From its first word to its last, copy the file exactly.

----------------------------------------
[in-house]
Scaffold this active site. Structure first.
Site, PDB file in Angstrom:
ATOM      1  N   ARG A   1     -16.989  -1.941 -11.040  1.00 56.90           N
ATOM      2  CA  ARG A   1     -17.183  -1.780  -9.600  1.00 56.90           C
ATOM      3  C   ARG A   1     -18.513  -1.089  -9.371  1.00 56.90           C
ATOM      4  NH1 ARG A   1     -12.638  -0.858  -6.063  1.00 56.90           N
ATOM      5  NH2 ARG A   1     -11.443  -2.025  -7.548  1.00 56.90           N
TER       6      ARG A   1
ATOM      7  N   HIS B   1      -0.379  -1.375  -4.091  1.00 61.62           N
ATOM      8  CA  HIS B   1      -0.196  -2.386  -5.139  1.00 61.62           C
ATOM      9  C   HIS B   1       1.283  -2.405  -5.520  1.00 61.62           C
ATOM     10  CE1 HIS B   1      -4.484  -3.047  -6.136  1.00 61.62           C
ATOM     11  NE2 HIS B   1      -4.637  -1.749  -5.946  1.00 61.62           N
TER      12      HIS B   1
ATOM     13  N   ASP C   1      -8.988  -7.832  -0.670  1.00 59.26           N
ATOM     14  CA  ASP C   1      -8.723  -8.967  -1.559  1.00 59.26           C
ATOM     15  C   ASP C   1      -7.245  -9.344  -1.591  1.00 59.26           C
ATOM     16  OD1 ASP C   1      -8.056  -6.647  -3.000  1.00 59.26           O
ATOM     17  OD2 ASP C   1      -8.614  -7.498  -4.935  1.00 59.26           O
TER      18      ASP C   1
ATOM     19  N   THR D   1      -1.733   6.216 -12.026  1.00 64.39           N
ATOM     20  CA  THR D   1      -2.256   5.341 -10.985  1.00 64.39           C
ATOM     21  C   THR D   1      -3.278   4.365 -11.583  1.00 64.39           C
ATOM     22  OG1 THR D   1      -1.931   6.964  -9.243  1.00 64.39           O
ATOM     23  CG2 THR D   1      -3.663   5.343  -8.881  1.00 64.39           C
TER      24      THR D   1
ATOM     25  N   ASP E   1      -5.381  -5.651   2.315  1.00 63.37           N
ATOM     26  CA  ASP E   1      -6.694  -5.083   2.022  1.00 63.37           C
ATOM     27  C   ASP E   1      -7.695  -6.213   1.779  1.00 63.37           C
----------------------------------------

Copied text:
[in-house]
Scaffold this active site. Structure first.
Site, PDB file in Angstrom:
ATOM      1  N   ARG A   1     -16.989  -1.941 -11.040  1.00 56.90           N
ATOM      2  CA  ARG A   1     -17.183  -1.780  -9.600  1.00 56.90           C
ATOM      3  C   ARG A   1     -18.513  -1.089  -9.371  1.00 56.90           C
ATOM      4  NH1 ARG A   1     -12.638  -0.858  -6.063  1.00 56.90           N
ATOM      5  NH2 ARG A   1     -11.443  -2.025  -7.548  1.00 56.90           N
TER       6      ARG A   1
ATOM      7  N   HIS B   1      -0.379  -1.375  -4.091  1.00 61.62           N
ATOM      8  CA  HIS B   1      -0.196  -2.386  -5.139  1.00 61.62           C
ATOM      9  C   HIS B   1       1.283  -2.405  -5.520  1.00 61.62           C
ATOM     10  CE1 HIS B   1      -4.484  -3.047  -6.136  1.00 61.62           C
ATOM     11  NE2 HIS B   1      -4.637  -1.749  -5.946  1.00 61.62           N
TER      12      HIS B   1
ATOM     13  N   ASP C   1      -8.988  -7.832  -0.670  1.00 59.26           N
ATOM     14  CA  ASP C   1      -8.723  -8.967  -1.559  1.00 59.26           C
ATOM     15  C   ASP C   1      -7.245  -9.344  -1.591  1.00 59.26           C
ATOM     16  OD1 ASP C   1      -8.056  -6.647  -3.000  1.00 59.26           O
ATOM     17  OD2 ASP C   1      -8.614  -7.498  -4.935  1.00 59.26           O
TER      18      ASP C   1
ATOM     19  N   THR D   1      -1.733   6.216 -12.026  1.00 64.39           N
ATOM     20  CA  THR D   1      -2.256   5.341 -10.985  1.00 64.39           C
ATOM     21  C   THR D   1      -3.278   4.365 -11.583  1.00 64.39           C
ATOM     22  OG1 THR D   1      -1.931   6.964  -9.243  1.00 64.39           O
ATOM     23  CG2 THR D   1      -3.663   5.343  -8.881  1.00 64.39           C
TER      24      THR D   1
ATOM     25  N   ASP E   1      -5.381  -5.651   2.315  1.00 63.37           N
ATOM     26  CA  ASP E   1      -6.694  -5.083   2.022  1.00 63.37           C
ATOM     27  C   ASP E   1      -7.695  -6.213   1.779  1.00 63.37           C